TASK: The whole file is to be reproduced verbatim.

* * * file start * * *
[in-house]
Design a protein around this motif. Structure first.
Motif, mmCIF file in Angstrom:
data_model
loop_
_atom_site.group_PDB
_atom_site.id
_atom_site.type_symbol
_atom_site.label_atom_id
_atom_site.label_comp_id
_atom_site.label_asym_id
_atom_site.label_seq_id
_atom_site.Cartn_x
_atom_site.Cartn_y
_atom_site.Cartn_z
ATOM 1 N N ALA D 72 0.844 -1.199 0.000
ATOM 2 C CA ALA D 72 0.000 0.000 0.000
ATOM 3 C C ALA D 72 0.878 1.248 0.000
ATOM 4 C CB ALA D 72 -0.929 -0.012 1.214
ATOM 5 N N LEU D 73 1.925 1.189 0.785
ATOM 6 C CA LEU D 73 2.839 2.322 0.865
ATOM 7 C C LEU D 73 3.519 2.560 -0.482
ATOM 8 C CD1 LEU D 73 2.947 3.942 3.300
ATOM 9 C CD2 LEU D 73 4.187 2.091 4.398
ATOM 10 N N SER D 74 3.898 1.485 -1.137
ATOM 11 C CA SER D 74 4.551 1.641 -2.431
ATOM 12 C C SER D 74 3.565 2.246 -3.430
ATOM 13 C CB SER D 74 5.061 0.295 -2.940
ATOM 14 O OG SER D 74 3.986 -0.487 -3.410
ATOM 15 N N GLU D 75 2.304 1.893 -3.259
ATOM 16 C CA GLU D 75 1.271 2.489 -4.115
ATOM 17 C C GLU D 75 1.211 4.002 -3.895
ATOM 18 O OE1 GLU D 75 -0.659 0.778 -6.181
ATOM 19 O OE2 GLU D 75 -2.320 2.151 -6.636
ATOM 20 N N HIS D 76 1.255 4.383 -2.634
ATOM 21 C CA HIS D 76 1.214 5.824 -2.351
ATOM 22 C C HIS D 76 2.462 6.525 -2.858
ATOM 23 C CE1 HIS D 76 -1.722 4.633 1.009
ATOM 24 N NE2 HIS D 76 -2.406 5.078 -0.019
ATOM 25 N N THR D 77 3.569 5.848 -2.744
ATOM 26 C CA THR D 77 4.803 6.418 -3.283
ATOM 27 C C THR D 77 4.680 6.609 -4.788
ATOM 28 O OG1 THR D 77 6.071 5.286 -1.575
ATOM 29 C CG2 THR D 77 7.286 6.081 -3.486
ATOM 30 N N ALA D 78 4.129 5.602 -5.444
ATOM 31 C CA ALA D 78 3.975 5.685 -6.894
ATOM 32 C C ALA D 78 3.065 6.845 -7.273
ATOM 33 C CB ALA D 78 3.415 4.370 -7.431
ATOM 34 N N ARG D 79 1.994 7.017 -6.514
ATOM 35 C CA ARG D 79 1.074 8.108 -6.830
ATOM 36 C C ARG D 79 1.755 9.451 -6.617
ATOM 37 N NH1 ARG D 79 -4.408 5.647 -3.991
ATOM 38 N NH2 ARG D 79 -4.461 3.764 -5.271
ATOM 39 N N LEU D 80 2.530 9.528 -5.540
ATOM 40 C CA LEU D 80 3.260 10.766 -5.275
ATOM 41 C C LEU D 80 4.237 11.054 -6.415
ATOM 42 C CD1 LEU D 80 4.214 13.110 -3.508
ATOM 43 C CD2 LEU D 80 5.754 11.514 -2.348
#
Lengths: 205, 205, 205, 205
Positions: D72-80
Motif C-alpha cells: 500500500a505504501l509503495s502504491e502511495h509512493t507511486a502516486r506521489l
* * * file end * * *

[in-house]
Design a protein around this motif. Structure first.
Motif, mmCIF file in Angstrom:
data_model
loop_
_atom_site.group_PDB
_atom_site.id
_atom_site.type_symbol
_atom_site.label_atom_id
_atom_site.label_comp_id
_atom_site.label_asym_id
_atom_site.label_seq_id
_atom_site.Cartn_x
_atom_site.Cartn_y
_atom_site.Cartn_z
ATOM 1 N N ALA D 72 0.844 -1.199 0.000
ATOM 2 C CA ALA D 72 0.000 0.000 0.000
ATOM 3 C C ALA D 72 0.878 1.248 0.000
ATOM 4 C CB ALA D 72 -0.929 -0.012 1.214
ATOM 5 N N LEU D 73 1.925 1.189 0.785
ATOM 6 C CA LEU D 73 2.839 2.322 0.865
ATOM 7 C C LEU D 73 3.519 2.560 -0.482
ATOM 8 C CD1 LEU D 73 2.947 3.942 3.300
ATOM 9 C CD2 LEU D 73 4.187 2.091 4.398
ATOM 10 N N SER D 74 3.898 1.485 -1.137
ATOM 11 C CA SER D 74 4.551 1.641 -2.431
ATOM 12 C C SER D 74 3.565 2.246 -3.430
ATOM 13 C CB SER D 74 5.061 0.295 -2.940
ATOM 14 O OG SER D 74 3.986 -0.487 -3.410
ATOM 15 N N GLU D 75 2.304 1.893 -3.259
ATOM 16 C CA GLU D 75 1.271 2.489 -4.115
ATOM 17 C C GLU D 75 1.211 4.002 -3.895
ATOM 18 O OE1 GLU D 75 -0.659 0.778 -6.181
ATOM 19 O OE2 GLU D 75 -2.320 2.151 -6.636
ATOM 20 N N HIS D 76 1.255 4.383 -2.634
ATOM 21 C CA HIS D 76 1.214 5.824 -2.351
ATOM 22 C C HIS D 76 2.462 6.525 -2.858
ATOM 23 C CE1 HIS D 76 -1.722 4.633 1.009
ATOM 24 N NE2 HIS D 76 -2.406 5.078 -0.019
ATOM 25 N N THR D 77 3.569 5.848 -2.744
ATOM 26 C CA THR D 77 4.803 6.418 -3.283
ATOM 27 C C THR D 77 4.680 6.609 -4.788
ATOM 28 O OG1 THR D 77 6.071 5.286 -1.575
ATOM 29 C CG2 THR D 77 7.286 6.081 -3.486
ATOM 30 N N ALA D 78 4.129 5.602 -5.444
ATOM 31 C CA ALA D 78 3.975 5.685 -6.894
ATOM 32 C C ALA D 78 3.065 6.845 -7.273
ATOM 33 C CB ALA D 78 3.415 4.370 -7.431
ATOM 34 N N ARG D 79 1.994 7.017 -6.514
ATOM 35 C CA ARG D 79 1.074 8.108 -6.830
ATOM 36 C C ARG D 79 1.755 9.451 -6.617
ATOM 37 N NH1 ARG D 79 -4.408 5.647 -3.991
ATOM 38 N NH2 ARG D 79 -4.461 3.764 -5.271
ATOM 39 N N LEU D 80 2.530 9.528 -5.540
ATOM 40 C CA LEU D 80 3.260 10.766 -5.275
ATOM 41 C C LEU D 80 4.237 11.054 -6.415
ATOM 42 C CD1 LEU D 80 4.214 13.110 -3.508
ATOM 43 C CD2 LEU D 80 5.754 11.514 -2.348
#
Lengths: 205, 205, 205, 205
Positions: D72-80
Motif C-alpha cells: 500500500a505504501l509503495s502504491e502511495h509512493t507511486a502516486r506521489l